MuseLAB Creates a Love Letter to Mumbai’s Art Deco Heritage
Maison Deco, a 1,200-square-foot family residence, plays up maximal Deco elements like geometric pattern and brass detailing.
Art Deco is frequently associated with Paris, where the Arts Décoratifs movement officially launched in 1925, and with New York City and its pioneering skyscrapers, like the Chrysler Building. But Art Deco also had a grand flowering in Mumbai, which has the world’s second-largest collection of Art Deco buildings; one area was named a UNESCO World Heritage Site in 2018. Local design firm MuseLAB pays homage to that tradition in Maison Deco, a 1,200-square-foot apartment it designed for a young family. The architects tapped into an eclectic mélange of Art Deco, midcentury Modern, and other influences—a combination that they were able to finesse by custom-designing everything from furniture to light fixtures. “Art Deco is heavy on design details and craftsmanship, so we were inspired by its principles, not just the aesthetics and proportions,” says Husefa Rangwala, who cofounded MuseLAB with Jasem Pirani.
Rangwala and Pirani, who are both originally from Mumbai, bring a love of exuberant pattern and color to their architecture and interiors. After studying architecture in the United States (Rangwala at Georgia Tech, and Pirani at the Savannah College of Art and Design), the two friends started their own firm in 2012.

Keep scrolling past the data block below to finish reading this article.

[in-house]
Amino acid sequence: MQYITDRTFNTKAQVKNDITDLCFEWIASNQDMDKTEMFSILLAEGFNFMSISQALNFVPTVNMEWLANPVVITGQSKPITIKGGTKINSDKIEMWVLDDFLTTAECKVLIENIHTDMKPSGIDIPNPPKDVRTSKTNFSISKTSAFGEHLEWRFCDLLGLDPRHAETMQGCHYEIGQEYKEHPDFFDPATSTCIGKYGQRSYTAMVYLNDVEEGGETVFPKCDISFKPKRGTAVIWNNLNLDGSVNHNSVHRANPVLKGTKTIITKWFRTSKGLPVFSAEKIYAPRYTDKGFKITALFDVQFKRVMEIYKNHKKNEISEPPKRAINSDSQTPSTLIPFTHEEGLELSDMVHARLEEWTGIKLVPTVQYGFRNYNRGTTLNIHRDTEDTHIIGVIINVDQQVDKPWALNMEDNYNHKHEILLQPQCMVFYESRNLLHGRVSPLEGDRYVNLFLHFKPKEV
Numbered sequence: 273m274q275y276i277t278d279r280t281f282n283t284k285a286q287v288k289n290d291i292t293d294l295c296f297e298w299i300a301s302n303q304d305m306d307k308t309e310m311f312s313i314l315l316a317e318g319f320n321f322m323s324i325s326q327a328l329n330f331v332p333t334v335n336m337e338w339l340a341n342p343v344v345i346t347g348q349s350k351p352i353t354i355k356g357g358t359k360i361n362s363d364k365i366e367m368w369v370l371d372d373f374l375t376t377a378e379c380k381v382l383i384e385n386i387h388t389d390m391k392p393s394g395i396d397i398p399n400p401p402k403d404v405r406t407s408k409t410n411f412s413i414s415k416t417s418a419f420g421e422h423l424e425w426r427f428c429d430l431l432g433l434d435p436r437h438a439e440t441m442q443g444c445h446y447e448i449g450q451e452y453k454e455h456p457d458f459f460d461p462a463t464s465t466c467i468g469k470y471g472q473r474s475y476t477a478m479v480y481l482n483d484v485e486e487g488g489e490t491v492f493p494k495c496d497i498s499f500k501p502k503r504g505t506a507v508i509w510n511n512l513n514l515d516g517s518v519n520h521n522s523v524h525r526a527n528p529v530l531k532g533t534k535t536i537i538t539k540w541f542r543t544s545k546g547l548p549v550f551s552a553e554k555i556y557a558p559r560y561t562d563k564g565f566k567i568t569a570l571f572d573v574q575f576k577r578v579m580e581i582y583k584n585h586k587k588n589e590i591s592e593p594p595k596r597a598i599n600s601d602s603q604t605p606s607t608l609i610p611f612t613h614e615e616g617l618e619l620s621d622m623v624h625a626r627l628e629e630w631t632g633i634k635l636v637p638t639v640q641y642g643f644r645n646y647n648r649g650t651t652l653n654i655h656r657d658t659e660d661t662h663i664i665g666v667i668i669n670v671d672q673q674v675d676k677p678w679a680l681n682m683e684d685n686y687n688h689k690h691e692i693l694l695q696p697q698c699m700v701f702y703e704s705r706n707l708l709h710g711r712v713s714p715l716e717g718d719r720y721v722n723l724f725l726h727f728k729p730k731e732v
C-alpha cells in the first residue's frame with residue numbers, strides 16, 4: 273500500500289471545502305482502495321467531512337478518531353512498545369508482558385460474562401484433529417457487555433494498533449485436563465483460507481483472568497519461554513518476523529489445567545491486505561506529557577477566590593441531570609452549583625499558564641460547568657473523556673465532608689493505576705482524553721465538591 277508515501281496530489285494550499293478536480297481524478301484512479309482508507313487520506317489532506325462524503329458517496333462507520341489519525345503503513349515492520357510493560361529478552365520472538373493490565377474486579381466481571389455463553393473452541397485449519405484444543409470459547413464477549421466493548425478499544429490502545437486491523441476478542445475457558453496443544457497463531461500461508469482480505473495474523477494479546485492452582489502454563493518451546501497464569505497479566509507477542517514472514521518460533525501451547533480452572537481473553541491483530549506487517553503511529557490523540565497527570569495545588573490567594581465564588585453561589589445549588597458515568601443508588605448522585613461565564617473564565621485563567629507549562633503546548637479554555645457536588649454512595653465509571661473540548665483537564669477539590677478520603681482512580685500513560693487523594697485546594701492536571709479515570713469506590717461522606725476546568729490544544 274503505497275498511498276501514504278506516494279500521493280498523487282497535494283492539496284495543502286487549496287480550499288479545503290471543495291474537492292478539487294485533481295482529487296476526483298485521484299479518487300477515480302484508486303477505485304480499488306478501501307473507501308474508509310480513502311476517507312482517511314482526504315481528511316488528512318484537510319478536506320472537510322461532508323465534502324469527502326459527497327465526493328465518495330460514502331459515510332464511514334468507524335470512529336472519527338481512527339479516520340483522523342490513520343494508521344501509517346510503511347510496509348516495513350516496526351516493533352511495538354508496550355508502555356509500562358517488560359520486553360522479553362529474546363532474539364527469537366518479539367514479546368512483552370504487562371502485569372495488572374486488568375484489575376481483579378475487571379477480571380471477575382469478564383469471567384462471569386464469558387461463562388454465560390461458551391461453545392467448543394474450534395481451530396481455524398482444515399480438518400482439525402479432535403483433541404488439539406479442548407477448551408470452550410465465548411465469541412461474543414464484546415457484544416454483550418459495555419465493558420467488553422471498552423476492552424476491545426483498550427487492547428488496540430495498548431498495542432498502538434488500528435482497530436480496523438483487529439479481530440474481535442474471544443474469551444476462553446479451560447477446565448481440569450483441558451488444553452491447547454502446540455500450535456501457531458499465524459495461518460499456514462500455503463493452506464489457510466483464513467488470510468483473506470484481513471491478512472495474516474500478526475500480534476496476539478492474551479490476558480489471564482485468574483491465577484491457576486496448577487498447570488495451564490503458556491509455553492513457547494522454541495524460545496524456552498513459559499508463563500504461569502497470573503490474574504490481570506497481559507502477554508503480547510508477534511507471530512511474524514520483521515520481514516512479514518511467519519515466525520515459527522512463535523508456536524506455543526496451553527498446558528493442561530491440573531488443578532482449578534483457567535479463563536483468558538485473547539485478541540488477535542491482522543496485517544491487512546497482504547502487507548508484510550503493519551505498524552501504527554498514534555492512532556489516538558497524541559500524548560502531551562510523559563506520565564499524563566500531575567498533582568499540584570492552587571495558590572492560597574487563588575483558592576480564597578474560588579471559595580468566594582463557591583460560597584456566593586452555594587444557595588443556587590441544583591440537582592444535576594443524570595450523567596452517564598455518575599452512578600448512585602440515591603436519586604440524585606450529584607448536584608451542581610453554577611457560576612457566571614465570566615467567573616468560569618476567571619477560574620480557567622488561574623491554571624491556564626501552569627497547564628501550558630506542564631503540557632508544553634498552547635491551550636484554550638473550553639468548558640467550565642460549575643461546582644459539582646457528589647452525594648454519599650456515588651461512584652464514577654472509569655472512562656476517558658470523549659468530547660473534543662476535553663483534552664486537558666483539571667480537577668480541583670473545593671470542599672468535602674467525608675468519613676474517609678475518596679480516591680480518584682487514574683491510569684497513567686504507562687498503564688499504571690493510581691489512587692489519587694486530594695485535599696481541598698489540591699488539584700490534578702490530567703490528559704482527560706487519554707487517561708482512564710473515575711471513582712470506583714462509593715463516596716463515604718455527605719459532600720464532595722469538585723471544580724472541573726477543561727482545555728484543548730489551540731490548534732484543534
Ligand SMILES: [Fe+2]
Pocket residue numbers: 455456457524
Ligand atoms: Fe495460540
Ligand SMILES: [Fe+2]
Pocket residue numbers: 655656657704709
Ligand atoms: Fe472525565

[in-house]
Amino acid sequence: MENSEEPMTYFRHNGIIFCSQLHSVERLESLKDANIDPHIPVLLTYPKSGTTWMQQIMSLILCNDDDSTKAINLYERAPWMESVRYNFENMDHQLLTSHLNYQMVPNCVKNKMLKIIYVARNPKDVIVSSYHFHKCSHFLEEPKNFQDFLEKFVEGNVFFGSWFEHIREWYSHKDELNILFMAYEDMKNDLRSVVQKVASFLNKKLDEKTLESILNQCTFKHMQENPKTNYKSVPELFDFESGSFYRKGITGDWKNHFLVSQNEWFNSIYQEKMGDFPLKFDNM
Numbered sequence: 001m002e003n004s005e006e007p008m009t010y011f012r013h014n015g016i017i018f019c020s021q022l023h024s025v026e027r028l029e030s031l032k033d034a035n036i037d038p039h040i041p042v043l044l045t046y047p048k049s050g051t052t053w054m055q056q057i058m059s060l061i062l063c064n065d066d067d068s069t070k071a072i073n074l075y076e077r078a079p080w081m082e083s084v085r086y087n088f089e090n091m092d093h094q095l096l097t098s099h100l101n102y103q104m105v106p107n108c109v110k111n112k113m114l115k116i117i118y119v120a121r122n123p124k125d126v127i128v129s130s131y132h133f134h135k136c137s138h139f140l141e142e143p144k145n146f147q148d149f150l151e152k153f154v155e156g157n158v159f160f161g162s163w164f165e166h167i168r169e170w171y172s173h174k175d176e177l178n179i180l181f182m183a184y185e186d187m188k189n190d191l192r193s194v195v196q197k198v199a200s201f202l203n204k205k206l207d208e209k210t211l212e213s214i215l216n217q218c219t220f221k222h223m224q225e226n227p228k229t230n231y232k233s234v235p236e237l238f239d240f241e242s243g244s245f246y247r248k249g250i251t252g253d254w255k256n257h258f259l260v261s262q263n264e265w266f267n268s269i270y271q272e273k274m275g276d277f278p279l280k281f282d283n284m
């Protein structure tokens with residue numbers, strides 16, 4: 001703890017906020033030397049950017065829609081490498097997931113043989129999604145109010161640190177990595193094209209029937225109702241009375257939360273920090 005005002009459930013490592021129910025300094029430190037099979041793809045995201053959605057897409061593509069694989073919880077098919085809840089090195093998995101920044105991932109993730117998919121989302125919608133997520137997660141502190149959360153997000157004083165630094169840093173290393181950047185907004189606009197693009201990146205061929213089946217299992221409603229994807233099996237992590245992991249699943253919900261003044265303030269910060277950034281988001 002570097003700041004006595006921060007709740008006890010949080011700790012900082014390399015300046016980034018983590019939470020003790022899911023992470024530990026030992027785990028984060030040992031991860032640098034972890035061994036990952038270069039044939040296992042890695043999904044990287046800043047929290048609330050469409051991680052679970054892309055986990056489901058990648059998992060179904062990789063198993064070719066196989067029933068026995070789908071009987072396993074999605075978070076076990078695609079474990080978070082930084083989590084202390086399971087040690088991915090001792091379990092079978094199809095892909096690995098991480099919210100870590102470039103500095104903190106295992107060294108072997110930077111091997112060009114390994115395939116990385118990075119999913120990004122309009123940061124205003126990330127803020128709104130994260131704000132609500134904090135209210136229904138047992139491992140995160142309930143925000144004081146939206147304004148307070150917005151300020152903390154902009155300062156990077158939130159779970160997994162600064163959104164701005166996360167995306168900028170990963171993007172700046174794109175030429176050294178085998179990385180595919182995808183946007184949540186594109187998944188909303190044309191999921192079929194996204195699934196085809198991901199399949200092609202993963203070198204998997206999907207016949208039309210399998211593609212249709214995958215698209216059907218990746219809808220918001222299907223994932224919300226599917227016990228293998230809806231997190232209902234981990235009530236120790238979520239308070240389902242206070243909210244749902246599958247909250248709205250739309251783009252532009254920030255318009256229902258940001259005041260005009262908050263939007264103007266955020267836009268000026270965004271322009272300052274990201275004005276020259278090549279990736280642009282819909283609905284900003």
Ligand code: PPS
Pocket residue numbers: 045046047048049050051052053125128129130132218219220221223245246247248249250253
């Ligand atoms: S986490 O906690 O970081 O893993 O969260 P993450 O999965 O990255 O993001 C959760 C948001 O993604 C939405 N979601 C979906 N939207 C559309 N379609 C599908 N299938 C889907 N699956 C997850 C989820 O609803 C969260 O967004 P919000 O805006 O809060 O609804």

In Maison Deco, a classic geometric pattern is the star of the show, appearing in a room divider at the entrance, in the furniture designs, and on the ceiling. In addition to the bold patterning, Art Deco glamour comes through in the use of brass for the divider and light fixtures. As a counterbalance, MuseLAB used a neutral color palette of grays and pastels, and more muted, naturally finished walnut and teak furnishings. The furniture’s midcentury-style canted legs and angular contemporary lines also help to dispel any period-piece mustiness. “We’ve created an Art Deco canvas and filled it with objects that belong to other eras, layering a lot of elements and styles,” says Pirani.
Ultimately, the design is about functionality. The architects’ facility for designing and manufacturing their own furnishings comes to the fore in the narrow living room, where they streamlined a highback chair, a loveseat, and a tall cabinet into a single piece. (The deconstructed furnishings are conjoined by way of a long platform, but still have individual legs for support.) “Bombay apartments are tight—every square inch counts—so loose furniture would have taken up too much space,” says Rangwala. “The challenge was to ensure that every element was thought of.”
You may also enjoy “Architect Richard Parr Adapts a 19th Century Farm as a Sprawling Home Office.”
Would you like to comment on this article? Send your thoughts to: firstname.lastname@example.org
Register here for Metropolis Webinars
Connect with experts and design leaders on the most important conversations of the day.